It first generates an offset value in ESI: 15 if the value to divide was negative, or 0 if it was positive.
Then it adds this to the original value. This is the cunning part - well I think so anyway. It ensures that for the values where x>>4 would give the wrong value (i.e., -15<=x<0), x is made positive and smaller than 16, so that x>>4 gives the correct value of zero. For all other values, the bottom 4 bits don't affect the result of the division, so it's fine to offset them as well.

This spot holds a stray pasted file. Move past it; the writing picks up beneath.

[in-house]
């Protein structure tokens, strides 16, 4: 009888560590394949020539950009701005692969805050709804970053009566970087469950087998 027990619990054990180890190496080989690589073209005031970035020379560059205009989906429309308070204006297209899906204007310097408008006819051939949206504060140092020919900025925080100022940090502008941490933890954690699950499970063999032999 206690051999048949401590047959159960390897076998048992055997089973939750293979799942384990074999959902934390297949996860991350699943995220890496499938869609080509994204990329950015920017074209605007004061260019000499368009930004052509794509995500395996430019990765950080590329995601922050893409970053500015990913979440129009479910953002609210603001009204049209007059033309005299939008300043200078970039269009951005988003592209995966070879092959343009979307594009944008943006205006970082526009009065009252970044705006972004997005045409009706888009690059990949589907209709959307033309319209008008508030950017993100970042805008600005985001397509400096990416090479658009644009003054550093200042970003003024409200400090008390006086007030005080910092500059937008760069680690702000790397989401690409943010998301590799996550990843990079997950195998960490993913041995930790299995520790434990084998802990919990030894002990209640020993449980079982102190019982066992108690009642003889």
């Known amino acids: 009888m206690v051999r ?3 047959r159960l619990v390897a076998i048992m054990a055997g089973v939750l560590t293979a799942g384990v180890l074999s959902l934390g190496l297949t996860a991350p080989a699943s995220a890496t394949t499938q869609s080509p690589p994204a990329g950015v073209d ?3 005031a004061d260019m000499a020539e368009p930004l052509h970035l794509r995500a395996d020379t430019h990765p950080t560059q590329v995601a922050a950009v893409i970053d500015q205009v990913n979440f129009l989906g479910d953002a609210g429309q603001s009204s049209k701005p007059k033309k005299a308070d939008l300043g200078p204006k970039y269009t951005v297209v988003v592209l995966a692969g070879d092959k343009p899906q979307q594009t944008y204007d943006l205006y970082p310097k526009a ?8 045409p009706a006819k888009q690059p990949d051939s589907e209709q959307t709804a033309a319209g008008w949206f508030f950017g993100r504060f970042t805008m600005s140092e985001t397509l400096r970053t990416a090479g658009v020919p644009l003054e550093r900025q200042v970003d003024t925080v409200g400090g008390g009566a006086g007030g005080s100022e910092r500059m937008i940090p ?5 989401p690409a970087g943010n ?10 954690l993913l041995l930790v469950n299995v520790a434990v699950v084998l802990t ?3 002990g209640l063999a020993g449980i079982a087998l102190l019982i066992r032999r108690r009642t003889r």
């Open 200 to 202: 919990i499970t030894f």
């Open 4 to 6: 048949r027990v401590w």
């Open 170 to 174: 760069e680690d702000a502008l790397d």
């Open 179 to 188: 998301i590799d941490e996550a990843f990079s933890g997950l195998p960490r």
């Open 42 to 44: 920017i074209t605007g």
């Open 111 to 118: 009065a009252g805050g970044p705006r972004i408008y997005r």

(Don't think I've ever seen VC++ generate anything like this, but I'd pretty much always have an explicit shift rather than a divide by 16 so maybe it does and I'd just never noticed. The choice of 16 usually comes from having some 4-bit field somewhere, and when dealing with bitfields you're best off using bitwise instructions.)